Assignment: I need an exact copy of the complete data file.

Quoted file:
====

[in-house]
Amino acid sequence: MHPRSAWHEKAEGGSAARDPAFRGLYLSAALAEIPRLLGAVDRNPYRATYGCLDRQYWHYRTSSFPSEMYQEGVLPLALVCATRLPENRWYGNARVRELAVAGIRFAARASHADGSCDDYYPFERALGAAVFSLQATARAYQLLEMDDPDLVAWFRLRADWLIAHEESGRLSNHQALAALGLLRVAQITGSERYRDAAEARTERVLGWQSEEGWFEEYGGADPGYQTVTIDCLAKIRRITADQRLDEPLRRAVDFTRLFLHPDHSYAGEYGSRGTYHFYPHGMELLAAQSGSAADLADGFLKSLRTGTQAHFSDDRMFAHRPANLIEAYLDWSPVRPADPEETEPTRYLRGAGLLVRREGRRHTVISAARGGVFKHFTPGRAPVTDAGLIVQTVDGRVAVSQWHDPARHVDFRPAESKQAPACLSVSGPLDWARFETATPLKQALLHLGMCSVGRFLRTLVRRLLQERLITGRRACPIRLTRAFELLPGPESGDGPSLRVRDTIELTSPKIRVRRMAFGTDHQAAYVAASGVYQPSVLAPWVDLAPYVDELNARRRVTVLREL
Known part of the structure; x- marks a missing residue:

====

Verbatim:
[in-house]
Amino acid sequence: MHPRSAWHEKAEGGSAARDPAFRGLYLSAALAEIPRLLGAVDRNPYRATYGCLDRQYWHYRTSSFPSEMYQEGVLPLALVCATRLPENRWYGNARVRELAVAGIRFAARASHADGSCDDYYPFERALGAAVFSLQATARAYQLLEMDDPDLVAWFRLRADWLIAHEESGRLSNHQALAALGLLRVAQITGSERYRDAAEARTERVLGWQSEEGWFEEYGGADPGYQTVTIDCLAKIRRITADQRLDEPLRRAVDFTRLFLHPDHSYAGEYGSRGTYHFYPHGMELLAAQSGSAADLADGFLKSLRTGTQAHFSDDRMFAHRPANLIEAYLDWSPVRPADPEETEPTRYLRGAGLLVRREGRRHTVISAARGGVFKHFTPGRAPVTDAGLIVQTVDGRVAVSQWHDPARHVDFRPAESKQAPACLSVSGPLDWARFETATPLKQALLHLGMCSVGRFLRTLVRRLLQERLITGRRACPIRLTRAFELLPGPESGDGPSLRVRDTIELTSPKIRVRRMAFGTDHQAAYVAASGVYQPSVLAPWVDLAPYVDELNARRRVTVLREL
Known part of the structure; x- marks a missing residue: